3. Use powdered sugar to substitute for some of the sugar and cake flour. Cook's Illustrated/America's Test Kitchen doesn't like this approach. I am here to tell you that awesome though they are, they are wrong. I made angel food cakes without powdered sugar for a couple of years and wasn't quite satisfied with the texture and loft until I found a recipe online that called for it, and bam: I leveled up. Taller cake that had amazing, tender crumb and superior flavor. One and a quarter to one and a half cup of powdered sugar sifted into the cake flour makes all the difference.
4. Here's a dirty little secret: a tiny bit of egg yolk in your egg white? Not a big deal at all. I've totally fucked up while separating eggs and, like, dumped an egg yolk into the egg white bowl, or had a yolk break on me when I was being lazy and wasn't separating my eggs in a small bowl before transferring the whites to their own dedicated container. (Writing cake-making instructions: you either sound like some kind of pro-segregationist nutball, or a sex fiend. FACT.) I used to toss the entire batch out and start fresh because oh my god the fat and how it interferes with the protein matrix oh despair oh cry, but one day I just had no eggs left and no way of getting more any time soon and I said fuck it, scooped out all the yolk I could and went ahead with the cake. And the cake turned out perfectly.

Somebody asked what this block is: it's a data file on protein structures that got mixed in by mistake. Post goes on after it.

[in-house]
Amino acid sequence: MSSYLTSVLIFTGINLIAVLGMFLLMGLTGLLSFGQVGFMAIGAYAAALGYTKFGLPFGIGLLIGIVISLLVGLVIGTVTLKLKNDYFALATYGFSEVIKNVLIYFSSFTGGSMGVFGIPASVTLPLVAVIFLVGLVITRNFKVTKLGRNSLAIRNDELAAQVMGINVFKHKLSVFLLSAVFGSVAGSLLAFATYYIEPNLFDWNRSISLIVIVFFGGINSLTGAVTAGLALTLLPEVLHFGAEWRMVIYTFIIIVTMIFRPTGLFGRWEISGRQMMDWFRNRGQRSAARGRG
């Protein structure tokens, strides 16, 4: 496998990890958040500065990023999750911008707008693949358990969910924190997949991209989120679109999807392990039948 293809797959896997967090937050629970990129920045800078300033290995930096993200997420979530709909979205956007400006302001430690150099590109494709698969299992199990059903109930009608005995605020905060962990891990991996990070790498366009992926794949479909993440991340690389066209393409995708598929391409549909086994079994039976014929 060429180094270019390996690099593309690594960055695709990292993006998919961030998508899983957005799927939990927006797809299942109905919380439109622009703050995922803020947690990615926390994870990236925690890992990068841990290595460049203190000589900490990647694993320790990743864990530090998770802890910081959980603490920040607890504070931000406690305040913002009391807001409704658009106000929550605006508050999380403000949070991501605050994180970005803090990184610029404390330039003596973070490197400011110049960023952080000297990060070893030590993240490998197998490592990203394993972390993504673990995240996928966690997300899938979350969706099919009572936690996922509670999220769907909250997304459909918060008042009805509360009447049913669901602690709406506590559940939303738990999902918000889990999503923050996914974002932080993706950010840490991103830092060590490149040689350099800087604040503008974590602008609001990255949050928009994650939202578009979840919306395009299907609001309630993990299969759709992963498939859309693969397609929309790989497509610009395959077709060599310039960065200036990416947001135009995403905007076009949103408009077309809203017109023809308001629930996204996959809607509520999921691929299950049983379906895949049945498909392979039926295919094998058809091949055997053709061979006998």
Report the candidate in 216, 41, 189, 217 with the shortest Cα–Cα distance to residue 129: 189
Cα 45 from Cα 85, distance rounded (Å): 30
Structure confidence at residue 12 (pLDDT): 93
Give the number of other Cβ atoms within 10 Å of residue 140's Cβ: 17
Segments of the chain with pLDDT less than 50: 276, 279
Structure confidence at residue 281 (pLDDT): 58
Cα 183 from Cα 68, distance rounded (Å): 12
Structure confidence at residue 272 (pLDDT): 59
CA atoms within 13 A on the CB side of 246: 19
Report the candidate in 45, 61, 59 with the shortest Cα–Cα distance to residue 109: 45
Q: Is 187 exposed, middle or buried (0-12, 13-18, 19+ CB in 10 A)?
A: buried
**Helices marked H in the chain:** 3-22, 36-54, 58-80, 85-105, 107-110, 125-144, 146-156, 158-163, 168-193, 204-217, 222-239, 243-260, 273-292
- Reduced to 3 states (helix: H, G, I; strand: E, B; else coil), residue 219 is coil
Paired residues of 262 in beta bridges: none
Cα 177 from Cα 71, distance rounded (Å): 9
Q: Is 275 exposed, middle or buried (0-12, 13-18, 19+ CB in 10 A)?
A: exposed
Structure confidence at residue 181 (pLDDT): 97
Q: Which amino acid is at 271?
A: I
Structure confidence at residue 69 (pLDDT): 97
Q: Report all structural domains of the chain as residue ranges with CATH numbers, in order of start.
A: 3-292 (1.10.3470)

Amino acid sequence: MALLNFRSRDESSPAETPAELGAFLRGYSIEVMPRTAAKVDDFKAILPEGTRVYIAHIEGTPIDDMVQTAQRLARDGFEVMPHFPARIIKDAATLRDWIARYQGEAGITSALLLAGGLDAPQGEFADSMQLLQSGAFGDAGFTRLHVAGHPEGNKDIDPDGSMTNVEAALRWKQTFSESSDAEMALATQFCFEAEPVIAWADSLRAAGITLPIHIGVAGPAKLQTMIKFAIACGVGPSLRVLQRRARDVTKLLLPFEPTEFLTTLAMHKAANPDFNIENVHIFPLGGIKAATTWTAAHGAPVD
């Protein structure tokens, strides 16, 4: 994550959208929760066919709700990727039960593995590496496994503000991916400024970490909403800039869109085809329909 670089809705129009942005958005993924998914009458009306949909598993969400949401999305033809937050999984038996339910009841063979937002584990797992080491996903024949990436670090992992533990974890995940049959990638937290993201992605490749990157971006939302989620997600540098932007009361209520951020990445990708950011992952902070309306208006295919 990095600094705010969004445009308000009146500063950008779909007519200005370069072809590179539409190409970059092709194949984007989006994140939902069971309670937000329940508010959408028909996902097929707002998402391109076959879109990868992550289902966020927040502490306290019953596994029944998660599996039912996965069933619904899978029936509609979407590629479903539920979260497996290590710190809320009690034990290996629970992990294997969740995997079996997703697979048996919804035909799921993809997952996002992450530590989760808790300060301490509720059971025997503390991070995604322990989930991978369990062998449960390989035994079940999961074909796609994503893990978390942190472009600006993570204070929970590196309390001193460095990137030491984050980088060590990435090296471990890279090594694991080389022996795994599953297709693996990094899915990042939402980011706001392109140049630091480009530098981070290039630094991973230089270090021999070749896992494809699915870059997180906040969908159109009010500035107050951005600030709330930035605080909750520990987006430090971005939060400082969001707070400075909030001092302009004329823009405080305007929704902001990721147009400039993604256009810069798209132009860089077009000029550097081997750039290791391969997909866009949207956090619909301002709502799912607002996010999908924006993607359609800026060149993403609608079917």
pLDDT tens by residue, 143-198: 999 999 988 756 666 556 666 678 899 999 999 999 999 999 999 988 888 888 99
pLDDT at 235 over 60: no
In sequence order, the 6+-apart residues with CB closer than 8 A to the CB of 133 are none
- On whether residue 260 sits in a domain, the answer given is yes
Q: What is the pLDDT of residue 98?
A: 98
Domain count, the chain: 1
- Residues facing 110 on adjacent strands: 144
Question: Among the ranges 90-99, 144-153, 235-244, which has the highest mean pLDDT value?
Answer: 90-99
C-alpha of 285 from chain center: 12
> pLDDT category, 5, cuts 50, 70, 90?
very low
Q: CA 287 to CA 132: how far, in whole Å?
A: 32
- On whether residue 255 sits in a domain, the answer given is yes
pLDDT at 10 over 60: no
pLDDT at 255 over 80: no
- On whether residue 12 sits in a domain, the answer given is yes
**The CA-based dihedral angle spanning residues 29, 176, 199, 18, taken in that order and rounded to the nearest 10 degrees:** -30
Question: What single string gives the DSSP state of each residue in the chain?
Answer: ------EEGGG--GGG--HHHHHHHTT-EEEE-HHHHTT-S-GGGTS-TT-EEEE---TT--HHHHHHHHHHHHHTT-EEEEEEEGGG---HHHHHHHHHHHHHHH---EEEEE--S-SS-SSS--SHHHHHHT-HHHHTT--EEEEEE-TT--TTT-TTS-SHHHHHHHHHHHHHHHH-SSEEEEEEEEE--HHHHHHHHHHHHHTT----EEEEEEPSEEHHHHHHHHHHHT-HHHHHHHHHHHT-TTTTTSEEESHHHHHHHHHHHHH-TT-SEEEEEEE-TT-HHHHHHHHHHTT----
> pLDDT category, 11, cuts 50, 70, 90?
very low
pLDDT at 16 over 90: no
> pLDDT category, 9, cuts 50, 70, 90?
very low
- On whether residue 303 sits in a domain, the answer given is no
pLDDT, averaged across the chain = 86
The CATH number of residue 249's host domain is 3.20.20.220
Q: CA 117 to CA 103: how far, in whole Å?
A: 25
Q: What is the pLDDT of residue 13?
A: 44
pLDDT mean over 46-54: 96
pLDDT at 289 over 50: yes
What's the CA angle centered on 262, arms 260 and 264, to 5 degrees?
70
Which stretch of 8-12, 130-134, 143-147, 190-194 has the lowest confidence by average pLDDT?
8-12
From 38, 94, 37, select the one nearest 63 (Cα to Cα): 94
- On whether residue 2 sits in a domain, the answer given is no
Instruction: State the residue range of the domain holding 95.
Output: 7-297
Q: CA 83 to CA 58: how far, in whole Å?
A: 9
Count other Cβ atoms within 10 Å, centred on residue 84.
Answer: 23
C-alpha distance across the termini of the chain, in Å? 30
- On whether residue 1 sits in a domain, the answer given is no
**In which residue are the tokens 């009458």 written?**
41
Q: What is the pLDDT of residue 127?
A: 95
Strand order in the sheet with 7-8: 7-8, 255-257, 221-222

I'm not advocating sloppy practices, mind you. I strongly, strongly recommend that you separate your eggs over a tiny bowl and transfer the whites one egg's worth at a time to the mixing bowl. Trust me, you're saving yourself a headache. I'm just here to tell you that if you have a speck of yolk contaminating the whites, you're almost definitely going to be OK.